I try to put myself in the shoes of one of the parents dealing with the loss of their precious child. I almost immediately come to tears just imagining my 7 month old being ripped from this life into eternity so suddenly and cruelly. While my tears are nothing compared to the extreme sorrow, emptiness, and anger those parents and family members of the fallen must be experiencing, one thing is for certain- I would not be looking to my government or it’s leaders for answers. Nor would I be blaming them. Continue reading →
The Bangor Daily News recently ran a pretty extensive article on the often-cited approaching doomsday of December 21st, 2012 as set forth by the Mayan calendar. While most scoff at the possibility of there being any credibility to the Mayan prediction, there are conspiracy theorists and “doomsday preppers” that aren’t taking any chances- stocking up on everything from nonperishable food items to guns and ammo.
However, from the Christian perspective the reality of The End of our time here on earth coming before our natural death is nothing to be scoffed at. And even if it comes after we die, our short time alive must be spent in preparation. Continue reading →
There recently has been an uproar over the City of Bangor calling the Christmas Tree a “Holiday” tree in downtown’s West Market Square- even though they made this change 15 years ago. I find it disingenuous for city officials to have made this change in the name of political correctness- especially because no other faith-based holidays use a tree as a major symbol. However, what I consider even more disingenuous is people getting all worked up about this being an example of “taking Christ out of Christmas” when a majority of these same people only want to talk about Jesus Christ this time of year, and only in this context.
What’s most unfortunate is the large percentage of the American population that have taken Christ out of their lives year around. Then when the Christmas season comes they become the flag-bearers for keeping His name stamped on pagan traditions and in the stores that promote the greed and materialism our Savior was so dead-set against. Continue reading →
It would be insincere to say I was surprised by the results of the same-sex marriage vote in Maine this time around. I uphold that as a supporter of traditional marriage, it was out of principle- not hate- to vote No on Question 1. But a majority of Mainers have spoken, and because we live in a democracy rather than a theocracy, we must begin to move beyond the debate over civil marriage as Christians.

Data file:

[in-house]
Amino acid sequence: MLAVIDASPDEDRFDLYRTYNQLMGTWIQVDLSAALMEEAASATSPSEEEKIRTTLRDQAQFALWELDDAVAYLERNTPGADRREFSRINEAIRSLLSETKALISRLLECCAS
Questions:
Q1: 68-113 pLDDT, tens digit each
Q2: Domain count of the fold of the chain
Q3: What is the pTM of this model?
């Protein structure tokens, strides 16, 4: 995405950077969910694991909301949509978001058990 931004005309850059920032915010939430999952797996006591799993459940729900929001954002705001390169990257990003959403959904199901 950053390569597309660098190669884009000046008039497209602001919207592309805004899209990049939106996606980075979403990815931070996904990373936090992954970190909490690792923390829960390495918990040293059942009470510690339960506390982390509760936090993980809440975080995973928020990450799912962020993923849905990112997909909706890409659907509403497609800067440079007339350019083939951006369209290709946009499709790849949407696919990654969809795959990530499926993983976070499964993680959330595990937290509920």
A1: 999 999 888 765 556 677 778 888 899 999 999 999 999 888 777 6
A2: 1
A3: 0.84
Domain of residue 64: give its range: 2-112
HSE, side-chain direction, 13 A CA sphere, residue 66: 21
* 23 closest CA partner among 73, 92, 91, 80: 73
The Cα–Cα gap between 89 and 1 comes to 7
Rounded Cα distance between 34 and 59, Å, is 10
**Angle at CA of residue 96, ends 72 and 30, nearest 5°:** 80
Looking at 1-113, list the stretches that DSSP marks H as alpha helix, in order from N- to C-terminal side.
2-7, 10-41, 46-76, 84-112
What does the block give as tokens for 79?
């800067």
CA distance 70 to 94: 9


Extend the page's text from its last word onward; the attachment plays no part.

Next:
While there are many places in Scripture that seem to exactly describe where our culture is today (Romans 1:24-32 is one New Testament example), the question that remains is what are we to do about it? One thing we should NOT do is just gloss over such warnings and ignore the Word of God at these uncomfortable points, or explain them away as not applying to our current situation. But correction and reproof from Scripture are for those inside the church, not those on the outside (see 1 Corinthians 5:12-13).
Some form of a local church community is necessary for the Christian to continue to grow in their faith, and truly live out the life for which we are called during our short time here on earth. However, “local church” isn’t just meeting in a building every Sunday, nor does it have to be in a building at all. What is required, though, is fellowship with- and allowing ourselves to be accountable to- other Christians.
Despite the popularity of wanting to “go it alone” in our culture today, especially when it comes to our faith journey, this is not a viable option for the Christian who desires to live to their fullest potential.
I hear many self-professing Christians say, “I believe in God, but the whole church and organized religion thing just isn’t for me.” When pressed further on the topic, reasons typically fall somewhere on the spectrum of disagreeing with one or more topics they may have heard on any given Sunday, to very serious personal hurts caused by church leaders or fellow attendees. One thing is certain, there is no “perfect church”- once you think you’ve found one then chances are you’ve ended up in a cult. Furthermore, churches are just like the rest of the world in that they are made up of imperfect people. Continue reading →